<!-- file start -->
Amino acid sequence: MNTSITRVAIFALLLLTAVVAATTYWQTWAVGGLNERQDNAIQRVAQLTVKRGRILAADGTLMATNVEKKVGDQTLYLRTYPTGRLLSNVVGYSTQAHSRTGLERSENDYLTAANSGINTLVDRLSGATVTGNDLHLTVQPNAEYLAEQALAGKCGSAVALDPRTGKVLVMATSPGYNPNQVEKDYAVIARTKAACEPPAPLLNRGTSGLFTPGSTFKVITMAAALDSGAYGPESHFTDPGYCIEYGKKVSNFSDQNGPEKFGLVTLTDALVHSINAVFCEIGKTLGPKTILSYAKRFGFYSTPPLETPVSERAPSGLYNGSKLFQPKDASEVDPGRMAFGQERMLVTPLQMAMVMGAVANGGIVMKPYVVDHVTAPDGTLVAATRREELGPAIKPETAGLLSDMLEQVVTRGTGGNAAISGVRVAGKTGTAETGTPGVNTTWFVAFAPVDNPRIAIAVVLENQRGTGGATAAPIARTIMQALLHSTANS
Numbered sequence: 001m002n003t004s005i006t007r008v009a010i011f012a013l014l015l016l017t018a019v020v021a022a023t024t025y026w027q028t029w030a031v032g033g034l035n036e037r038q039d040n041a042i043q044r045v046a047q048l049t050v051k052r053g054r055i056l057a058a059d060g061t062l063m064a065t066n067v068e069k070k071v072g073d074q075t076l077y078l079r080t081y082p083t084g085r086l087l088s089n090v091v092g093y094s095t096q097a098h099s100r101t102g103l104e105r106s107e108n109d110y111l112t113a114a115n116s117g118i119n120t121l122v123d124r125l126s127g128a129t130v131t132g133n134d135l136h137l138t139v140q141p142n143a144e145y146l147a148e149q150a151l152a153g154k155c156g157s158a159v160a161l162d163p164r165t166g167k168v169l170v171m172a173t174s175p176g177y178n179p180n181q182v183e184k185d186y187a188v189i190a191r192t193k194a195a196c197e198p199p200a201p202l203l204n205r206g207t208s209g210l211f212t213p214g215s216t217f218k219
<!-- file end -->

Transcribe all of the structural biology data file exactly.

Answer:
Amino acid sequence: MNTSITRVAIFALLLLTAVVAATTYWQTWAVGGLNERQDNAIQRVAQLTVKRGRILAADGTLMATNVEKKVGDQTLYLRTYPTGRLLSNVVGYSTQAHSRTGLERSENDYLTAANSGINTLVDRLSGATVTGNDLHLTVQPNAEYLAEQALAGKCGSAVALDPRTGKVLVMATSPGYNPNQVEKDYAVIARTKAACEPPAPLLNRGTSGLFTPGSTFKVITMAAALDSGAYGPESHFTDPGYCIEYGKKVSNFSDQNGPEKFGLVTLTDALVHSINAVFCEIGKTLGPKTILSYAKRFGFYSTPPLETPVSERAPSGLYNGSKLFQPKDASEVDPGRMAFGQERMLVTPLQMAMVMGAVANGGIVMKPYVVDHVTAPDGTLVAATRREELGPAIKPETAGLLSDMLEQVVTRGTGGNAAISGVRVAGKTGTAETGTPGVNTTWFVAFAPVDNPRIAIAVVLENQRGTGGATAAPIARTIMQALLHSTANS
Numbered sequence: 001m002n003t004s005i006t007r008v009a010i011f012a013l014l015l016l017t018a019v020v021a022a023t024t025y026w027q028t029w030a031v032g033g034l035n036e037r038q039d040n041a042i043q044r045v046a047q048l049t050v051k052r053g054r055i056l057a058a059d060g061t062l063m064a065t066n067v068e069k070k071v072g073d074q075t076l077y078l079r080t081y082p083t084g085r086l087l088s089n090v091v092g093y094s095t096q097a098h099s100r101t102g103l104e105r106s107e108n109d110y111l112t113a114a115n116s117g118i119n120t121l122v123d124r125l126s127g128a129t130v131t132g133n134d135l136h137l138t139v140q141p142n143a144e145y146l147a148e149q150a151l152a153g154k155c156g157s158a159v160a161l162d163p164r165t166g167k168v169l170v171m172a173t174s175p176g177y178n179p180n181q182v183e184k185d186y187a188v189i190a191r192t193k194a195a196c197e198p199p200a201p202l203l204n205r206g207t208s209g210l211f212t213p214g215s216t217f218k219